The use of ceramics in high thermal conductivity applications is a growing specialized market. Oxide ceramics are the most common base materials. But the majority of them are limited to 26-30 W/mK which, when compared to the two most common high thermal conductivity metals, copper around 385 W/mK and aluminum around 150-185 W/mK, leaves a large gap.
The goal is to increase the thermal conductance while retaining the other key feature of ceramics, electrical insulation.
Recent developments in alumina have increased the thermal conductivity in some grades up to 39 W/mK, still far short of commonly used metals, but a significant increase from its base level.
Ceramic materials that are selected to reach toward this higher thermal conductance are a specialized group. All have their own strengths and weaknesses and not all offer the key property of electrical insulation.
Let’s look at four contenders, including Boron Nitride, Aluminum Nitride (AlN) composites, Beryllium oxide, and Aluminum Nitride. The first contender is Shapal Hi-M Soft, a composite of Aluminum Nitride and Boron Nitride, which gives a significant increase in thermal conductivity, over 92 W/mK, and improves the electrical insulation. The combination of these two materials also brings a second benefit to the material, its machinability. It does not require diamond tooling to machine. But achieving this machinable Aluminum Nitride / Boron Nitride composite requires hot pressing, which limits the available size of the material.
Boron Nitride, another hot-pressed material, is also machinable, and is available in larger pieces. Plus there are many grades available. But only the highest purity can match the machinable AlN / Boron Nitride composite for thermal conductance and, in some cases, can outperform it. The high Purity grades are mechanically weaker and softer than the machinable Aluminum Nitride / Boron Nitride composite.
Beryllium Oxide has been the material of choice for some high-end projects for many years. This material has a thermal conductivity of 285 W/mK, good electrical insulation, and as an oxide ceramic has none of the specialized nitrogen furnacing requirements of Aluminum Nitride. The main drawback is the health and safety requirements associated with this material, resulting in only specialized applications tending to use it, such as in military-type requirements.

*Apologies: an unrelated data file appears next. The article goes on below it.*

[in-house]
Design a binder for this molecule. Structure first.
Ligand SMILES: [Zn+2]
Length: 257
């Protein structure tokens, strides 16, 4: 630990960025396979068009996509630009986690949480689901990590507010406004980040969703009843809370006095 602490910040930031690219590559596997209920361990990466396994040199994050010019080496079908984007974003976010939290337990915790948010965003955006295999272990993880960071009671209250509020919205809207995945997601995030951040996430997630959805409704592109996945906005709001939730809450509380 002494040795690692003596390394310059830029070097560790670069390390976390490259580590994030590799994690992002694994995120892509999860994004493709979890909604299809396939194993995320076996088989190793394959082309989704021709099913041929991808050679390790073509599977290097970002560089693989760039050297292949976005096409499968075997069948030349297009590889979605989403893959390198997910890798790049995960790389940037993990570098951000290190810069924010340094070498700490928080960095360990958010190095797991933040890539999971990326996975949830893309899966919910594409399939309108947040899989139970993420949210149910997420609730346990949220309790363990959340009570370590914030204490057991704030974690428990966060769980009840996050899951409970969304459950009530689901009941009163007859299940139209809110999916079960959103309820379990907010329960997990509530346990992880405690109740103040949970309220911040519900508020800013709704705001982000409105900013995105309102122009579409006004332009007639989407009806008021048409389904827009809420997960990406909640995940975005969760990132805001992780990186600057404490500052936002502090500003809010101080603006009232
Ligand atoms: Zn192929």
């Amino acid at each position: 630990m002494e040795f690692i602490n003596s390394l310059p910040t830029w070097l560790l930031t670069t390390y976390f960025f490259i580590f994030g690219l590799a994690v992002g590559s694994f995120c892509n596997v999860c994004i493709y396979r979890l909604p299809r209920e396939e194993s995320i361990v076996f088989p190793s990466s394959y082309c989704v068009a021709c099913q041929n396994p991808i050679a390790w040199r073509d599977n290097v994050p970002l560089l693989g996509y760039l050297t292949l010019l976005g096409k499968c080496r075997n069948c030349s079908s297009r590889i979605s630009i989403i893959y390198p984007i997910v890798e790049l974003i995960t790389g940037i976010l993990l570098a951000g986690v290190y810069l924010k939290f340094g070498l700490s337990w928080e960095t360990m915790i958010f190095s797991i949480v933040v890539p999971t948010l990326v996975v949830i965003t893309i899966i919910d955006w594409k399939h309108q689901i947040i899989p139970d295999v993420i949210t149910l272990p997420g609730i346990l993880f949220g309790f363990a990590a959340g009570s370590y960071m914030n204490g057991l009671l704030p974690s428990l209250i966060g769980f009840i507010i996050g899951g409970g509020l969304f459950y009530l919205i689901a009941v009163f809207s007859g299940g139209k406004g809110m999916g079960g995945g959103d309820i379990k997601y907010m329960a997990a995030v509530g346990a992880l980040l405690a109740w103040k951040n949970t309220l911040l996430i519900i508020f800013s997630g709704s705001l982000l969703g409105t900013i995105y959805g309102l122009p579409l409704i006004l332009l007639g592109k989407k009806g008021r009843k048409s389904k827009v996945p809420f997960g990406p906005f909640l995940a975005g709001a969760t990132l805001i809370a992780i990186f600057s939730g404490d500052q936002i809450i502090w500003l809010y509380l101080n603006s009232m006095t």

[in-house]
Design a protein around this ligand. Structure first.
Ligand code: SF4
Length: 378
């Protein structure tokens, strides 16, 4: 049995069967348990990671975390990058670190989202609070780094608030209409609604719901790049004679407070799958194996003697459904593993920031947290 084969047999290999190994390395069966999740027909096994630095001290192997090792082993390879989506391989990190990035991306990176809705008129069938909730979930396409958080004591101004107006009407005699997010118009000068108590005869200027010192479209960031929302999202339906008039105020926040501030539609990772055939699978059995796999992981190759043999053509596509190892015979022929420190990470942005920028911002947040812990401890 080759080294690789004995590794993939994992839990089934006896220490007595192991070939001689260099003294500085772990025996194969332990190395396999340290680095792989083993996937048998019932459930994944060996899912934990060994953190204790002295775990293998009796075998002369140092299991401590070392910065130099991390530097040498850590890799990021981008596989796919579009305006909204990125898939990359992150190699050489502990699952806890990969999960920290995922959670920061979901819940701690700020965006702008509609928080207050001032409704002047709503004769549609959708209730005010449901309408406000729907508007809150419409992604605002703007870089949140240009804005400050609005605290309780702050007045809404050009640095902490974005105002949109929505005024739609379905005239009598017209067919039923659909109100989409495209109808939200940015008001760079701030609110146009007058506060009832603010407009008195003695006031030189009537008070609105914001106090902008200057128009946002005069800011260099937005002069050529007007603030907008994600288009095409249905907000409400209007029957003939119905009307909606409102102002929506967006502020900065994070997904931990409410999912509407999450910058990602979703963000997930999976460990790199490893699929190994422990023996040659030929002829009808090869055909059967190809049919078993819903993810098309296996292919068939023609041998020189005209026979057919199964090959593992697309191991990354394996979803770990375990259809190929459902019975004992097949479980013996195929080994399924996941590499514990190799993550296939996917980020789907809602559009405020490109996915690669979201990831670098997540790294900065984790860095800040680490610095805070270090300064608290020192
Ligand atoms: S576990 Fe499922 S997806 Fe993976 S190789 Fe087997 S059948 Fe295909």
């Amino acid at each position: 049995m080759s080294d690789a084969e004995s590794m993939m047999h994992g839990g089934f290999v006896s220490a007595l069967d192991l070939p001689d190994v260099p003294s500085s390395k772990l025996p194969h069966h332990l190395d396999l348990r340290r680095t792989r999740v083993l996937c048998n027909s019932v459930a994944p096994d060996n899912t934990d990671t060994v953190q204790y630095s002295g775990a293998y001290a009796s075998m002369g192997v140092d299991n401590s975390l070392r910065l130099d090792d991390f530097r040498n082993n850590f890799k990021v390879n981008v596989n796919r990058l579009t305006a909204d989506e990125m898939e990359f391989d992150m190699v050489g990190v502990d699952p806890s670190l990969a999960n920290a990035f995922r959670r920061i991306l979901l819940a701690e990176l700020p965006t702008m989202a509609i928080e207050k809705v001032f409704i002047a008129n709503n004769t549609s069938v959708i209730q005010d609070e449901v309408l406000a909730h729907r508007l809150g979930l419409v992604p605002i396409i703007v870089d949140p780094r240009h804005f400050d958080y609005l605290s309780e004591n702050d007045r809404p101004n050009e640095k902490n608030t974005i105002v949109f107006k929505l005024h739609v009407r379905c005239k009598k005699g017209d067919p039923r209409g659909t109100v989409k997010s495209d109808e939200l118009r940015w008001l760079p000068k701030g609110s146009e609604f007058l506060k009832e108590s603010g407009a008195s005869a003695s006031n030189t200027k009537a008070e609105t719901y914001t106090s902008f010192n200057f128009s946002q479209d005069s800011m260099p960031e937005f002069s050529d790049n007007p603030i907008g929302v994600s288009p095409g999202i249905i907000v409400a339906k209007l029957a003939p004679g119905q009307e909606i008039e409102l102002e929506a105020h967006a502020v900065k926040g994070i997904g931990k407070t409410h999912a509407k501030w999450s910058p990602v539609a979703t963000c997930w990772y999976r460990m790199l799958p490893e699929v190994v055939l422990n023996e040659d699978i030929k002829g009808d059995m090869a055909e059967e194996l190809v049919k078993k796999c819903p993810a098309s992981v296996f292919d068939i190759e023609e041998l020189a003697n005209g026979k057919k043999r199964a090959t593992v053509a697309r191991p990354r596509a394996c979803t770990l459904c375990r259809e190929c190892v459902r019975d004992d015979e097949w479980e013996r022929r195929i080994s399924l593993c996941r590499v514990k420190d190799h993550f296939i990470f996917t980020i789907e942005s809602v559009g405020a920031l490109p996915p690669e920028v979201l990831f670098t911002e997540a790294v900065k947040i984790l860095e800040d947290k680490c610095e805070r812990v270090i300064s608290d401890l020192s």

Aluminum Nitride (AlN) tends to be used mainly in substrate form, as the next step up from Alumina substrates. Most of the world’s production of AlN is in this form. The thermal conductivity of AlN depends on grade and quality. The industry standard tends to be 170-180 W/mK, with lesser grades down to 150 W/mK, and ultra-high purity up to around 220 W/mK. AlN components in a 3D geometry are far less common. Many engineers prefer to use a machinable Aluminum Nitride composite, especially in initial design phases, but often also in production volumes as well, even though it has lower thermal conductance.
If you want the highest thermal conductance and have really deep pockets, then at over 2000 W/mK, synthetic Diamond is for you. But your thermal conductance requirement would have to be of an extreme nature.
The below table compares the thermal conductivity of 3 electrical insulators (Aluminum Nitride, Shapal, and Alumina) and 2 electrical conductors (Aluminum and Copper):
Shapal Hi M Soft™
Shapal Hi M Soft is a hybrid type of machinable Aluminum Nitride (AlN) ceramic that offers high mechanical strength and thermal conductivity.
Aluminum Nitride (AlN) is an excellent material to use if high thermal conductivity and electrical insulation properties are required -- an ideal material for use in thermal management and electrical applications.
Boron Nitride Grades
Boron Nitride (BN) is an advanced synthetic ceramic material available in solid and powder form. It has outstanding thermal conductivity and is easy to machine.
Alumina (Aluminum Oxide)
Alumina, also known as Aluminum Oxide, is a hard wearing advanced technical ceramic material frequently used in a wide variety of industrial applications.